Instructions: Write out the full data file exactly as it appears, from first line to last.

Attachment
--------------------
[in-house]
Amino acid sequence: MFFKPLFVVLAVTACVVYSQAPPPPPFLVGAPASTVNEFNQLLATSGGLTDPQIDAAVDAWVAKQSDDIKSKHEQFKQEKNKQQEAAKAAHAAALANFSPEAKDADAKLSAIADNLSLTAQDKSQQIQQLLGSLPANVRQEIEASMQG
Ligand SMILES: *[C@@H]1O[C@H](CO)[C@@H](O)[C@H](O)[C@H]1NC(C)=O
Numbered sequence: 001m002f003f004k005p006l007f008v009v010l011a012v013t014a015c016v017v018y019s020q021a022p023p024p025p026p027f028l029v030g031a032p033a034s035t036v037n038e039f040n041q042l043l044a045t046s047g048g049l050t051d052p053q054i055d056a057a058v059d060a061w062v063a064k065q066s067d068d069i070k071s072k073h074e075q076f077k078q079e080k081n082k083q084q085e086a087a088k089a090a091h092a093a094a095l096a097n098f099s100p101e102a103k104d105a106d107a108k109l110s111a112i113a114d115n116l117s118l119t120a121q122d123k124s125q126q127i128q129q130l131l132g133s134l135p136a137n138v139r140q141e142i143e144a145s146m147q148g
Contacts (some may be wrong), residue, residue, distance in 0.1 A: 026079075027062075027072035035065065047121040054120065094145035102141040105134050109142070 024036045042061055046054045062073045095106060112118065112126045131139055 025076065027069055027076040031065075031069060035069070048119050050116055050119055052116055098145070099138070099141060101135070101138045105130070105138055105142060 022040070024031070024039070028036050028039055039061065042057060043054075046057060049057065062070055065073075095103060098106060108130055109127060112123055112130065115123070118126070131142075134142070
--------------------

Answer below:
[in-house]
Amino acid sequence: MFFKPLFVVLAVTACVVYSQAPPPPPFLVGAPASTVNEFNQLLATSGGLTDPQIDAAVDAWVAKQSDDIKSKHEQFKQEKNKQQEAAKAAHAAALANFSPEAKDADAKLSAIADNLSLTAQDKSQQIQQLLGSLPANVRQEIEASMQG
Ligand SMILES: *[C@@H]1O[C@H](CO)[C@@H](O)[C@H](O)[C@H]1NC(C)=O
Numbered sequence: 001m002f003f004k005p006l007f008v009v010l011a012v013t014a015c016v017v018y019s020q021a022p023p024p025p026p027f028l029v030g031a032p033a034s035t036v037n038e039f040n041q042l043l044a045t046s047g048g049l050t051d052p053q054i055d056a057a058v059d060a061w062v063a064k065q066s067d068d069i070k071s072k073h074e075q076f077k078q079e080k081n082k083q084q085e086a087a088k089a090a091h092a093a094a095l096a097n098f099s100p101e102a103k104d105a106d107a108k109l110s111a112i113a114d115n116l117s118l119t120a121q122d123k124s125q126q127i128q129q130l131l132g133s134l135p136a137n138v139r140q141e142i143e144a145s146m147q148g
Contacts (some may be wrong), residue, residue, distance in 0.1 A: 026079075027062075027072035035065065047121040054120065094145035102141040105134050109142070 024036045042061055046054045062073045095106060112118065112126045131139055 025076065027069055027076040031065075031069060035069070048119050050116055050119055052116055098145070099138070099141060101135070101138045105130070105138055105142060 022040070024031070024039070028036050028039055039061065042057060043054075046057060049057065062070055065073075095103060098106060108130055109127060112123055112130065115123070118126070131142075134142070